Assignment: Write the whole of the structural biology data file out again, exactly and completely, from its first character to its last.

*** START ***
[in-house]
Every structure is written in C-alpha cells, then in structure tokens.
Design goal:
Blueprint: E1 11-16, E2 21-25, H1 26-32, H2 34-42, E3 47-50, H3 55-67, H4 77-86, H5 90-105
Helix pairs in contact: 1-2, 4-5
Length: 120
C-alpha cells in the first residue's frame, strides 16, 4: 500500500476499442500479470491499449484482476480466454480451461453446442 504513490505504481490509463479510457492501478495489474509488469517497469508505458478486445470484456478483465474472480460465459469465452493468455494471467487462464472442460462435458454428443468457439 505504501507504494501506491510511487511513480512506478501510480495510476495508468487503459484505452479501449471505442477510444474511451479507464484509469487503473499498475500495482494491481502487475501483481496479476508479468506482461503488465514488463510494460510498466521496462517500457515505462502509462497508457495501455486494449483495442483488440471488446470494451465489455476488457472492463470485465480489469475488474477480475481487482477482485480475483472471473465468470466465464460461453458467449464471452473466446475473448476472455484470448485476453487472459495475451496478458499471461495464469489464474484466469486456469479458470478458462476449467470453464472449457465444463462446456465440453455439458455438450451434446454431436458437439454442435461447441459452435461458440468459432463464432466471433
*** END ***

[in-house]
Every structure is written in C-alpha cells, then in structure tokens.
Design goal:
Blueprint: E1 11-16, E2 21-25, H1 26-32, H2 34-42, E3 47-50, H3 55-67, H4 77-86, H5 90-105
Helix pairs in contact: 1-2, 4-5
Length: 120
C-alpha cells in the first residue's frame, strides 16, 4: 500500500476499442500479470491499449484482476480466454480451461453446442 504513490505504481490509463479510457492501478495489474509488469517497469508505458478486445470484456478483465474472480460465459469465452493468455494471467487462464472442460462435458454428443468457439 505504501507504494501506491510511487511513480512506478501510480495510476495508468487503459484505452479501449471505442477510444474511451479507464484509469487503473499498475500495482494491481502487475501483481496479476508479468506482461503488465514488463510494460510498466521496462517500457515505462502509462497508457495501455486494449483495442483488440471488446470494451465489455476488457472492463470485465480489469475488474477480475481487482477482485480475483472471473465468470466465464460461453458467449464471452473466446475473448476472455484470448485476453487472459495475451496478458499471461495464469489464474484466469486456469479458470478458462476449467470453464472449457465444463462446456465440453455439458455438450451434446454431436458437439454442435461447441459452435461458440468459432463464432466471433